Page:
IMPROVING CITY SPIRIT
THE pandemic has certainly not dampened Australia's enthusiasm for travel, as witnessed by the almost booked out new Adelaide to Launceston passenger flights.
That's approximately 3500 new cash spending visitors per month.
Is Launceston ready to open this summer?
After a walk through the city centre with business colleagues, one would think we are closed. Why hasn't the tagging been removed, where are the welcome flags and welcoming mall banners to entice tourists to visit our unique boutiques, experience local food offerings and encourage historical walks about our city?
Instead half the current street banners are torn and faded. We have a small promotion about fostering a child.
Don't get me wrong this is an extremely important cause, in fact very dear to my heart. But business is business and shouldn't our city heart be at its very best with a big welcoming smile?
Adelaide visitors received a terrific airport welcome. So why is this not extended into our city?
Here's hoping our new Culture Advisory Committee, Cityprom and the Chamber of Commerce can all work together and promptly address this lack of city spirit. If not, then we seriously need to start a new conversation.
Bruce Webb, Launceston.
OUR CHRISTIAN QUALITIES
I WOULD like to comment on the assertion in state parliament recently that Greens leader Cassy O'Connor's remarks about Scott Morrison are anti-Christian.
A Christian is someone who is giving and forgiving. They don't need to go to church on Sunday to declare their faith.
They care about their fellow man. A Christian is willing to share, who has nothing but gives everything.
A Christian is someone who helps people, from small acts like putting a plaster on a neighbourhood kid's grazed knee, sharing excess veggies and fruit with friends and neighbours right up to devoting their lives to the care of others. Above all a Christian is a person who believes that, no matter what the colour of their skin, all of mankind is created equal.
Scott Morrison is none of these.
Richard Hill, Newstead.
RIVER REPORT POINTS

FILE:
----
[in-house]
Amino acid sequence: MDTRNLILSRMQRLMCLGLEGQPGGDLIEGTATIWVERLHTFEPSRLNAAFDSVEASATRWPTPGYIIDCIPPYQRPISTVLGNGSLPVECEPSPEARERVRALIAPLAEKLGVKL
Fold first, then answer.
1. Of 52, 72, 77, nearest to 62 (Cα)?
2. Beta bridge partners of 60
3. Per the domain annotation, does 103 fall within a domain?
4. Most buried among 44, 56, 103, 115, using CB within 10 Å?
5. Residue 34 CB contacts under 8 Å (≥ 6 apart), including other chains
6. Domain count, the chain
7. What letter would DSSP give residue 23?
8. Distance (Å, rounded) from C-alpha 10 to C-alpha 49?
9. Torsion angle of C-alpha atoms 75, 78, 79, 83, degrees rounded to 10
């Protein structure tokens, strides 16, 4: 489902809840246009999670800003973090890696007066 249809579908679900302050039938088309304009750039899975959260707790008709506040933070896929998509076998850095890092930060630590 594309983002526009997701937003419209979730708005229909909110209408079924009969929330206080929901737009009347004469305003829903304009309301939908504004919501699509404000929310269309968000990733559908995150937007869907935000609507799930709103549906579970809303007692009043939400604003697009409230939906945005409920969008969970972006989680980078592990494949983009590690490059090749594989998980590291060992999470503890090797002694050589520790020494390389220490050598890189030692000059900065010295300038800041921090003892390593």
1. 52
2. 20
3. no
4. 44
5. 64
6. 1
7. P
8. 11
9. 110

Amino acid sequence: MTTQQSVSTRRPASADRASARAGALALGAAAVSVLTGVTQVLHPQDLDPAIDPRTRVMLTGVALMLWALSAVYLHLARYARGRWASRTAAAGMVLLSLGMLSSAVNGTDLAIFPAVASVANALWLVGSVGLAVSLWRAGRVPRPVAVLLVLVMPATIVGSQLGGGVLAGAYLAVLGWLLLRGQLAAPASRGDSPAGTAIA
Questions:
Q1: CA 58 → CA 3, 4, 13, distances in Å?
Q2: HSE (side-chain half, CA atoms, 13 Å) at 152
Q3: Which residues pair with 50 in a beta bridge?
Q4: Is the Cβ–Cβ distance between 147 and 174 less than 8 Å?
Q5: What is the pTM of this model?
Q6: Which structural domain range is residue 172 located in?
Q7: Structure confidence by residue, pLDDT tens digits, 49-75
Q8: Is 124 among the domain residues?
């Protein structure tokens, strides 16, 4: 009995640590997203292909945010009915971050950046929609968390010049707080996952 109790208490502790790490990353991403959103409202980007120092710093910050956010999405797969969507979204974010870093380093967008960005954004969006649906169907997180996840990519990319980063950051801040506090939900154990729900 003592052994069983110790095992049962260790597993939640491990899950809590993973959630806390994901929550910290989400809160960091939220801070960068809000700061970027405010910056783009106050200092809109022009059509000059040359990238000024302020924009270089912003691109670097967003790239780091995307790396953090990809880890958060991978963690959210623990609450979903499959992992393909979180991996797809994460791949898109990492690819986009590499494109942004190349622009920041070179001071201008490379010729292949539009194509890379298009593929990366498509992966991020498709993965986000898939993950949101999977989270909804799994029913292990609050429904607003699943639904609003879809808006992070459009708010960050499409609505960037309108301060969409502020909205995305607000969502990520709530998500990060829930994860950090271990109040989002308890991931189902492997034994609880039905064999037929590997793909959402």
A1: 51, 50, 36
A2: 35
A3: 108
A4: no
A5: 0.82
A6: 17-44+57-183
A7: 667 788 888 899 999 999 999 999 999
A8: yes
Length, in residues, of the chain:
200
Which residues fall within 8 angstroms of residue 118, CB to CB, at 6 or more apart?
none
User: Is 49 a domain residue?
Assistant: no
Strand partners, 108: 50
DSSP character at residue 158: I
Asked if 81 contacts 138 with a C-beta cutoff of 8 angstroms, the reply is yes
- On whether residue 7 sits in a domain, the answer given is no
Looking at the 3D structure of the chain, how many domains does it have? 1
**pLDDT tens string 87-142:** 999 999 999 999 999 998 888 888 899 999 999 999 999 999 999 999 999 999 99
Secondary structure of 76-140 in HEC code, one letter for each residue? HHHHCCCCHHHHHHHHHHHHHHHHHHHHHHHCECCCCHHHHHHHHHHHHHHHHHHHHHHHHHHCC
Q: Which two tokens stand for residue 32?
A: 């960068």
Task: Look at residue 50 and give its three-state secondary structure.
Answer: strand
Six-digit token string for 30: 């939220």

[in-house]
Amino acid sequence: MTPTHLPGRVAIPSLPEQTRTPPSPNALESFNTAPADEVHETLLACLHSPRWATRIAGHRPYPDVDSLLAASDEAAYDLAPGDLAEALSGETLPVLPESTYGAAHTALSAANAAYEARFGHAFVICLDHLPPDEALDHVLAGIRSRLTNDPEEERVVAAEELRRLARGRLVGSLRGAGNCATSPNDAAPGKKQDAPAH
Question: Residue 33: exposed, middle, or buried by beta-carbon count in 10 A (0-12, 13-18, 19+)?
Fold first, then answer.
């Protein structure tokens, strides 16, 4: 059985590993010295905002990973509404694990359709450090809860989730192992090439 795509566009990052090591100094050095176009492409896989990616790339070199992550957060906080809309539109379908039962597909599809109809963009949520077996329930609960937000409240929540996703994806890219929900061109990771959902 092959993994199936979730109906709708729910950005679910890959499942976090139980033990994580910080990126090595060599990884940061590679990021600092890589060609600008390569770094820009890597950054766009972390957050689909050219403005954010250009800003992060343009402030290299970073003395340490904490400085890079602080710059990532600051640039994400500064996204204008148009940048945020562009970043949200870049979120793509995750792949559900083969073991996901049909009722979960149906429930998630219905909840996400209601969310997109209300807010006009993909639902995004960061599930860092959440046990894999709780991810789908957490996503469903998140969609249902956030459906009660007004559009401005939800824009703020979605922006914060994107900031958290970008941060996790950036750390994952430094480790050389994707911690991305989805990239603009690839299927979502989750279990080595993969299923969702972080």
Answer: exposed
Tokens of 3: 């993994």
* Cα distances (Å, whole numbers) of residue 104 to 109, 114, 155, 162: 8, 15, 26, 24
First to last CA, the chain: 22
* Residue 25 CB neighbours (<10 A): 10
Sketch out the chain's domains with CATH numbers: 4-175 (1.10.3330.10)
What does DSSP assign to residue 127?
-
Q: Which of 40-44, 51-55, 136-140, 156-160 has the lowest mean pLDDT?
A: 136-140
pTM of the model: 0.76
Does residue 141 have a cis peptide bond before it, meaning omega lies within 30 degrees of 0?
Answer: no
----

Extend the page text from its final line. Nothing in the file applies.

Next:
I RECENTLY read Robin Frith's review of the TEMT report and noted many points challenging its accuracy and completeness.
We have owned an apartment at Old Seaport since 2014, our purchase being for retirement to Launceston from WA, based on the charming appearance of Seaport and the river, not to mention the beauty of Tasmania as an island state.
We are appalled by the build up of mud we've seen on several visits since then.
The attitude of "learn to love the mud" demonstrates amongst other things: no long-term interest in the activities in the area; an ulterior financial interest in the status quo; abrogation of maintenance responsibilities by elected authorities, akin to unilaterally deciding to abandon maintenance of roads and roadsides.
I am not an authority on environmental/river-flow matters.
Robin's review raises interesting points regarding the TEMT report apparently either ignoring or "getting wrong" certain key facts.
The TEMT report seems to require a "V2.0". Is this report being revised?
Has the current government failed to keep undertakings made earlier this year's pre-elections? My wife and I will move to Launceston early next year following retirement and do hope this issue will be heading to resolution.
Learning to love the mud is not an option and an injudicious statement. Surely there is sufficient voter support to mandate elected authorities to take note.
Richard Edge, Perth, WA.
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